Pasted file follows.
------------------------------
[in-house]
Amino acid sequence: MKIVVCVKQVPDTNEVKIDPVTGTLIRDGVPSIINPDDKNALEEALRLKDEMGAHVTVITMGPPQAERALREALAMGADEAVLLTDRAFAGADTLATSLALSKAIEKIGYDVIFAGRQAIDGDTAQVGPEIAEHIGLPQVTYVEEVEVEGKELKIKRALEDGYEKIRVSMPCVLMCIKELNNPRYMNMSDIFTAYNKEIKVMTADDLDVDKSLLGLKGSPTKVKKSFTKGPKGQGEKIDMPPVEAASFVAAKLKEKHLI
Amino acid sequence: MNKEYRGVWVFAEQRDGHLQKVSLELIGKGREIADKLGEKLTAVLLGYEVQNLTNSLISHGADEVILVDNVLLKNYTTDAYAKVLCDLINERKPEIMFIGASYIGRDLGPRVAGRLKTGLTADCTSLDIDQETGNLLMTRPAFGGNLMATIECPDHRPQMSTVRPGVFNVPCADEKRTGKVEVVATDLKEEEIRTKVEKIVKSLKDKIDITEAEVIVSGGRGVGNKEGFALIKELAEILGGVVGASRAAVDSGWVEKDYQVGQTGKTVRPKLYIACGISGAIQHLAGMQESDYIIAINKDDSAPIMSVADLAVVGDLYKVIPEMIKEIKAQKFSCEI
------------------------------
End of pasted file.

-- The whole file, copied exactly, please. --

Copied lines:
[in-house]
Amino acid sequence: MKIVVCVKQVPDTNEVKIDPVTGTLIRDGVPSIINPDDKNALEEALRLKDEMGAHVTVITMGPPQAERALREALAMGADEAVLLTDRAFAGADTLATSLALSKAIEKIGYDVIFAGRQAIDGDTAQVGPEIAEHIGLPQVTYVEEVEVEGKELKIKRALEDGYEKIRVSMPCVLMCIKELNNPRYMNMSDIFTAYNKEIKVMTADDLDVDKSLLGLKGSPTKVKKSFTKGPKGQGEKIDMPPVEAASFVAAKLKEKHLI
Amino acid sequence: MNKEYRGVWVFAEQRDGHLQKVSLELIGKGREIADKLGEKLTAVLLGYEVQNLTNSLISHGADEVILVDNVLLKNYTTDAYAKVLCDLINERKPEIMFIGASYIGRDLGPRVAGRLKTGLTADCTSLDIDQETGNLLMTRPAFGGNLMATIECPDHRPQMSTVRPGVFNVPCADEKRTGKVEVVATDLKEEEIRTKVEKIVKSLKDKIDITEAEVIVSGGRGVGNKEGFALIKELAEILGGVVGASRAAVDSGWVEKDYQVGQTGKTVRPKLYIACGISGAIQHLAGMQESDYIIAINKDDSAPIMSVADLAVVGDLYKVIPEMIKEIKAQKFSCEI